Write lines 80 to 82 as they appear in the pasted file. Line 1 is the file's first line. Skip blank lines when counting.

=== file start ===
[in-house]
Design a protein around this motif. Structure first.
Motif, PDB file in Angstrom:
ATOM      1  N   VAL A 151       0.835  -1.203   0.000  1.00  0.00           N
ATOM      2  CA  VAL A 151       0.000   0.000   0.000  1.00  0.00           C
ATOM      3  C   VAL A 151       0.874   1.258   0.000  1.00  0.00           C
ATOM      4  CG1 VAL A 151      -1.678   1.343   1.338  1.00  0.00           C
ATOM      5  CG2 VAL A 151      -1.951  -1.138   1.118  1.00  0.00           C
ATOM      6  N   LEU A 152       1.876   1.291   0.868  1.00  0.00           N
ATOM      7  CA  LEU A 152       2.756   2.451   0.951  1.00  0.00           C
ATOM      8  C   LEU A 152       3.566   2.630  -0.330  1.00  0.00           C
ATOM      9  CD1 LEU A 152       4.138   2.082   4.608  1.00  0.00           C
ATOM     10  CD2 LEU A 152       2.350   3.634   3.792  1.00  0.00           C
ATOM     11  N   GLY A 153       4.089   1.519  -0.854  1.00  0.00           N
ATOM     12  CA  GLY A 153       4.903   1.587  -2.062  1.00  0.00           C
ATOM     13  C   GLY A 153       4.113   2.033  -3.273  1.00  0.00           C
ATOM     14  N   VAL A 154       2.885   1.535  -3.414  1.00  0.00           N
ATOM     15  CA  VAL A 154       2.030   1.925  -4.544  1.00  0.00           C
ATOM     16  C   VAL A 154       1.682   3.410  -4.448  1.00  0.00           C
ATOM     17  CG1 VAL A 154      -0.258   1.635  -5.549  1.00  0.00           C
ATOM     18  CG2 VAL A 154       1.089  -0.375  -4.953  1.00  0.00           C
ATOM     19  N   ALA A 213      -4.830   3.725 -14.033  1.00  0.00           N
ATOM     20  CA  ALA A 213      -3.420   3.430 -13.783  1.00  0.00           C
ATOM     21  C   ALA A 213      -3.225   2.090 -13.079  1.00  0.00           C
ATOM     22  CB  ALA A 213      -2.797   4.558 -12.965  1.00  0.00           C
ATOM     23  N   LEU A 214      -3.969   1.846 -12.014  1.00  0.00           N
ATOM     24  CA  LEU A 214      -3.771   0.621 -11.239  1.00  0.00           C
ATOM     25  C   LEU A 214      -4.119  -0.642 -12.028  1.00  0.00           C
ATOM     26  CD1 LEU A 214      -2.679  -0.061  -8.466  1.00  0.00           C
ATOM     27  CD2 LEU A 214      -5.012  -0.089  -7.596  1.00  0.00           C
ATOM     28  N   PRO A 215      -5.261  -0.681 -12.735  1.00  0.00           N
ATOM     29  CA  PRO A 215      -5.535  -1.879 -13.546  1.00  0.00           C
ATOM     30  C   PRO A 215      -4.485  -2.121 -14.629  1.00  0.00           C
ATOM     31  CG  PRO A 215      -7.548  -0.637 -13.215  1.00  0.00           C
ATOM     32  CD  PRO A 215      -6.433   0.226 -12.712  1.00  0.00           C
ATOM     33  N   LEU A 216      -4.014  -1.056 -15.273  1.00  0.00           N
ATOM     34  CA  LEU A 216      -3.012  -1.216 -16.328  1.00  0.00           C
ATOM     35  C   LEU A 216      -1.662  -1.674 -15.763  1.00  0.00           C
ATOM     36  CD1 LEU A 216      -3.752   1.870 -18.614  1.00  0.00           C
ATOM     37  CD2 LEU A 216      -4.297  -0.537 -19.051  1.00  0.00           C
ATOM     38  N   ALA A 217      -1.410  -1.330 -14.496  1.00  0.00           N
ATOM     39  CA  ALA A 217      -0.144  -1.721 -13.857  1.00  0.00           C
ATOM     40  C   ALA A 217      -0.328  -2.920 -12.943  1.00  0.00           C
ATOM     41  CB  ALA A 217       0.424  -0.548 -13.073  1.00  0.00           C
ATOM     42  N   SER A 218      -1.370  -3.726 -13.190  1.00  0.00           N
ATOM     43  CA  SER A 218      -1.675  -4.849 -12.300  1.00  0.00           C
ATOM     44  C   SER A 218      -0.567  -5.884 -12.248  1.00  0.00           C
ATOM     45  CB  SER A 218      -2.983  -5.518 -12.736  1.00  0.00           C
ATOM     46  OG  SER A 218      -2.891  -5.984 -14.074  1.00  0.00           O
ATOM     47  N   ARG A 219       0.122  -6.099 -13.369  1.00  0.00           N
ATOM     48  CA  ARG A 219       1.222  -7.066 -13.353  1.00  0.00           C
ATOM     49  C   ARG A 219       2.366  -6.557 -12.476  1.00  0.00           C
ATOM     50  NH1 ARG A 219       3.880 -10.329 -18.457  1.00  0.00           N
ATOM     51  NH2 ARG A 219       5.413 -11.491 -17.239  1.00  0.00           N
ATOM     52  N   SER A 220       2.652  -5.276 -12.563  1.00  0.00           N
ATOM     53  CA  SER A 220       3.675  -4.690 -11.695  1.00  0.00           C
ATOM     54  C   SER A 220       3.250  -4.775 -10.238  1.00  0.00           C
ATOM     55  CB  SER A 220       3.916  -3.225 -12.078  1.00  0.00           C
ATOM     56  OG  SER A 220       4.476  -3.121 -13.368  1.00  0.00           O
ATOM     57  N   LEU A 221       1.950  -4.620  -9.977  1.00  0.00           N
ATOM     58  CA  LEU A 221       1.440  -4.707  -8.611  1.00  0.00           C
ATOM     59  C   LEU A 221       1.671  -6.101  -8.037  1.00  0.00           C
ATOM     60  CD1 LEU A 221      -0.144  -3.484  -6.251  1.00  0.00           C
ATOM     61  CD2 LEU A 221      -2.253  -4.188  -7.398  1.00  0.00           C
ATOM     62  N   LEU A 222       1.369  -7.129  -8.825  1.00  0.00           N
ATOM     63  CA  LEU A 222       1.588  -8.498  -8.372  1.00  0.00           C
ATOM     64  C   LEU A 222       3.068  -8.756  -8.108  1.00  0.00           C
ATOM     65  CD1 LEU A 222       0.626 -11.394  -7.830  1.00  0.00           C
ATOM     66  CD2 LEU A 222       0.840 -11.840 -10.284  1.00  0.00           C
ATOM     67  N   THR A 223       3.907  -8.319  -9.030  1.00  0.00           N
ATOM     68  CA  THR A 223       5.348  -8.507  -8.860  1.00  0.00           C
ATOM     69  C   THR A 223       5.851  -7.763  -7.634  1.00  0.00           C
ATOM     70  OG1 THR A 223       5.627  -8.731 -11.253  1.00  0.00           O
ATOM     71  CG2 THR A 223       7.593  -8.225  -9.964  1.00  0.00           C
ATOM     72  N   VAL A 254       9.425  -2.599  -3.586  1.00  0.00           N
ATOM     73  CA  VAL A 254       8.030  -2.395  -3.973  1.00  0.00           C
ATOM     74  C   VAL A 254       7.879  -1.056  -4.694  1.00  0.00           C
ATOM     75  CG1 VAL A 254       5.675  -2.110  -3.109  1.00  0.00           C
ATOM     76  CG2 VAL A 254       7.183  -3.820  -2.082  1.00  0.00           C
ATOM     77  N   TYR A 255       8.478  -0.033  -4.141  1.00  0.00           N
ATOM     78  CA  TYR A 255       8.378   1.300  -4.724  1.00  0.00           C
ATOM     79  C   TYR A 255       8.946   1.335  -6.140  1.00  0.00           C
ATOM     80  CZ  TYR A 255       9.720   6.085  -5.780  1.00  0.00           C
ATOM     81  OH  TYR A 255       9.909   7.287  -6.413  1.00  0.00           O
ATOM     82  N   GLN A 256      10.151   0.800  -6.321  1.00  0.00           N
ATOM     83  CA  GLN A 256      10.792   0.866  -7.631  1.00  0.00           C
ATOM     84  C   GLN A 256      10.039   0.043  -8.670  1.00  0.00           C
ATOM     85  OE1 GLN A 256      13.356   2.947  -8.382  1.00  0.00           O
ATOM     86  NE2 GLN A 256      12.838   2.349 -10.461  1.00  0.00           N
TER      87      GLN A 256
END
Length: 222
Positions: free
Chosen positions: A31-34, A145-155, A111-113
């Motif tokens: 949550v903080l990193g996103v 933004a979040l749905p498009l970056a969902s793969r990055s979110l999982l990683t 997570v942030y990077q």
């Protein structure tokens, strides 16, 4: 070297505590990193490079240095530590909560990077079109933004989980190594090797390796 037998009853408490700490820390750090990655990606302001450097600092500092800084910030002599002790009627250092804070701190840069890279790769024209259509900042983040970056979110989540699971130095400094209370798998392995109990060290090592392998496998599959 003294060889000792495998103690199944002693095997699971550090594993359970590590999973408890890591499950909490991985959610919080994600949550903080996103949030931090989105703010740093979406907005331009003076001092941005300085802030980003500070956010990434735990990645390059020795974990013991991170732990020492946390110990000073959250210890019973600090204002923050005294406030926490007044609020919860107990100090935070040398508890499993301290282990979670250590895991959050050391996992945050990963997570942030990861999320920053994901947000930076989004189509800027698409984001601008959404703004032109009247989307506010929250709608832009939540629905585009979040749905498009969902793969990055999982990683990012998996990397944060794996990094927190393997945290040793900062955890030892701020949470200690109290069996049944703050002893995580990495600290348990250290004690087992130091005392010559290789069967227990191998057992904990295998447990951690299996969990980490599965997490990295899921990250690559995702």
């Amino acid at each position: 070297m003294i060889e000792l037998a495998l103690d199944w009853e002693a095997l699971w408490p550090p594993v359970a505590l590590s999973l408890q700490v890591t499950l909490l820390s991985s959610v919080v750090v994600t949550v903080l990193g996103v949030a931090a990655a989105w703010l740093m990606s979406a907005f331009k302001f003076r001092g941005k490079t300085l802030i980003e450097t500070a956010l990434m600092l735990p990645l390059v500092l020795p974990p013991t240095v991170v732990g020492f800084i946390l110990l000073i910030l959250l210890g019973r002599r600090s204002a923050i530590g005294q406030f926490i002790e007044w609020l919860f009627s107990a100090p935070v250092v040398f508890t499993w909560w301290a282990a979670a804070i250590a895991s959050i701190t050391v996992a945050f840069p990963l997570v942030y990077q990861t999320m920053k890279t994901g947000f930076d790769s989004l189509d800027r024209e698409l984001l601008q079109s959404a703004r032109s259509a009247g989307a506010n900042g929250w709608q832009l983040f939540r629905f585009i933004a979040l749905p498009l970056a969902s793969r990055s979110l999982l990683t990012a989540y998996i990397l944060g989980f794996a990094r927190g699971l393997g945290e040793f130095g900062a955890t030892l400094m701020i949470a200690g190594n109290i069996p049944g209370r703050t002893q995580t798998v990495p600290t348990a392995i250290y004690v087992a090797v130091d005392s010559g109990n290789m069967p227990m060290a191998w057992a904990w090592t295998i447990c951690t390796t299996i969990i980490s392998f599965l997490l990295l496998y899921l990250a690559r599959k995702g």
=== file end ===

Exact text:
ATOM     77  N   TYR A 255       8.478  -0.033  -4.141  1.00  0.00           N
ATOM     78  CA  TYR A 255       8.378   1.300  -4.724  1.00  0.00           C
ATOM     79  C   TYR A 255       8.946   1.335  -6.140  1.00  0.00           C